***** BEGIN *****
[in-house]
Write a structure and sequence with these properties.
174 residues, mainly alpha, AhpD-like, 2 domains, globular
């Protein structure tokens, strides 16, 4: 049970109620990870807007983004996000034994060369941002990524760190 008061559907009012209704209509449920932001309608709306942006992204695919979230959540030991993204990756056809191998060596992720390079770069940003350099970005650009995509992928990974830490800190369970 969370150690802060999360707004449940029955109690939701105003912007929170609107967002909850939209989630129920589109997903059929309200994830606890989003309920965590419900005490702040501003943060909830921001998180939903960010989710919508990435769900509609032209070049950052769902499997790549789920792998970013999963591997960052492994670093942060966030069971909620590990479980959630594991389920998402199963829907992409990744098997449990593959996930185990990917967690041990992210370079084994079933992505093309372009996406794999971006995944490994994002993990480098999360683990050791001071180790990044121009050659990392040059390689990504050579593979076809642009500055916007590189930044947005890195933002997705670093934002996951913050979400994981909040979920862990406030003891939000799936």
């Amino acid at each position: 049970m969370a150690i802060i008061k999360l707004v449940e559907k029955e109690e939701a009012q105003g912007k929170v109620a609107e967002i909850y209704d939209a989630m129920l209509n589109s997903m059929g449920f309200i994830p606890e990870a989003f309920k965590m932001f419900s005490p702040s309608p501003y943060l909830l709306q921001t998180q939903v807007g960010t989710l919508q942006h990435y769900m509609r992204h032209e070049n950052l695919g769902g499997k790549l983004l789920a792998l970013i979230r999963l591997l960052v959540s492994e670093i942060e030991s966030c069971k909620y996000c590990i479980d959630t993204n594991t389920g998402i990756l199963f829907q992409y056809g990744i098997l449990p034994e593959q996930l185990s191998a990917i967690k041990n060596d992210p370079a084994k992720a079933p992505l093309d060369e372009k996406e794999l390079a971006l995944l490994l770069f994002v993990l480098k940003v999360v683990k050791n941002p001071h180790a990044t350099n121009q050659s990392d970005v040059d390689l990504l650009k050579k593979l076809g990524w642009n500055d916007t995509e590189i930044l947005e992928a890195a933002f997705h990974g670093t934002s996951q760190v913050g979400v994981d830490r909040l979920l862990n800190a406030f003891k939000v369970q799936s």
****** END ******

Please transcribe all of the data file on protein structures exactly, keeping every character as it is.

[in-house]
Write a structure and sequence with these properties.
174 residues, mainly alpha, AhpD-like, 2 domains, globular
């Protein structure tokens, strides 16, 4: 049970109620990870807007983004996000034994060369941002990524760190 008061559907009012209704209509449920932001309608709306942006992204695919979230959540030991993204990756056809191998060596992720390079770069940003350099970005650009995509992928990974830490800190369970 969370150690802060999360707004449940029955109690939701105003912007929170609107967002909850939209989630129920589109997903059929309200994830606890989003309920965590419900005490702040501003943060909830921001998180939903960010989710919508990435769900509609032209070049950052769902499997790549789920792998970013999963591997960052492994670093942060966030069971909620590990479980959630594991389920998402199963829907992409990744098997449990593959996930185990990917967690041990992210370079084994079933992505093309372009996406794999971006995944490994994002993990480098999360683990050791001071180790990044121009050659990392040059390689990504050579593979076809642009500055916007590189930044947005890195933002997705670093934002996951913050979400994981909040979920862990406030003891939000799936």
């Amino acid at each position: 049970m969370a150690i802060i008061k999360l707004v449940e559907k029955e109690e939701a009012q105003g912007k929170v109620a609107e967002i909850y209704d939209a989630m129920l209509n589109s997903m059929g449920f309200i994830p606890e990870a989003f309920k965590m932001f419900s005490p702040s309608p501003y943060l909830l709306q921001t998180q939903v807007g960010t989710l919508q942006h990435y769900m509609r992204h032209e070049n950052l695919g769902g499997k790549l983004l789920a792998l970013i979230r999963l591997l960052v959540s492994e670093i942060e030991s966030c069971k909620y996000c590990i479980d959630t993204n594991t389920g998402i990756l199963f829907q992409y056809g990744i098997l449990p034994e593959q996930l185990s191998a990917i967690k041990n060596d992210p370079a084994k992720a079933p992505l093309d060369e372009k996406e794999l390079a971006l995944l490994l770069f994002v993990l480098k940003v999360v683990k050791n941002p001071h180790a990044t350099n121009q050659s990392d970005v040059d390689l990504l650009k050579k593979l076809g990524w642009n500055d916007t995509e590189i930044l947005e992928a890195a933002f997705h990974g670093t934002s996951q760190v913050g979400v994981d830490r909040l979920l862990n800190a406030f003891k939000v369970q799936s």